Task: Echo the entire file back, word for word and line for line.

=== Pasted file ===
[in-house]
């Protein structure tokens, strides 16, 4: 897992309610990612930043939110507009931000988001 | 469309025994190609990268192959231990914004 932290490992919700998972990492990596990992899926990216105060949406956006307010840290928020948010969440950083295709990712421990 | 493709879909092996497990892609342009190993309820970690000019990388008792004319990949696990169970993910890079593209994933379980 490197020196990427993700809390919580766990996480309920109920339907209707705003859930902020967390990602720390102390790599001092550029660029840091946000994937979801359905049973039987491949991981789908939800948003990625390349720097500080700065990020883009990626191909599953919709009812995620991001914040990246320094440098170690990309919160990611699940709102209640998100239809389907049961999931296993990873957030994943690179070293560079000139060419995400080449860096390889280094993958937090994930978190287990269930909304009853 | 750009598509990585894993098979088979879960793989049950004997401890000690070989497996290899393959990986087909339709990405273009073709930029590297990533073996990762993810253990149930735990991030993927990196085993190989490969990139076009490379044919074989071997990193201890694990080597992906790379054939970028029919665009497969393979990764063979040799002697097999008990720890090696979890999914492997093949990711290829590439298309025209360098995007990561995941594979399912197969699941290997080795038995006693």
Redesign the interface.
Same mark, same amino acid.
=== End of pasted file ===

[in-house]
């Protein structure tokens, strides 16, 4: 897992309610990612930043939110507009931000988001 | 469309025994190609990268192959231990914004 932290490992919700998972990492990596990992899926990216105060949406956006307010840290928020948010969440950083295709990712421990 | 493709879909092996497990892609342009190993309820970690000019990388008792004319990949696990169970993910890079593209994933379980 490197020196990427993700809390919580766990996480309920109920339907209707705003859930902020967390990602720390102390790599001092550029660029840091946000994937979801359905049973039987491949991981789908939800948003990625390349720097500080700065990020883009990626191909599953919709009812995620991001914040990246320094440098170690990309919160990611699940709102209640998100239809389907049961999931296993990873957030994943690179070293560079000139060419995400080449860096390889280094993958937090994930978190287990269930909304009853 | 750009598509990585894993098979088979879960793989049950004997401890000690070989497996290899393959990986087909339709990405273009073709930029590297990533073996990762993810253990149930735990991030993927990196085993190989490969990139076009490379044919074989071997990193201890694990080597992906790379054939970028029919665009497969393979990764063979040799002697097999008990720890090696979890999914492997093949990711290829590439298309025209360098995007990561995941594979399912197969699941290997080795038995006693």
Redesign the interface.
Same mark, same amino acid.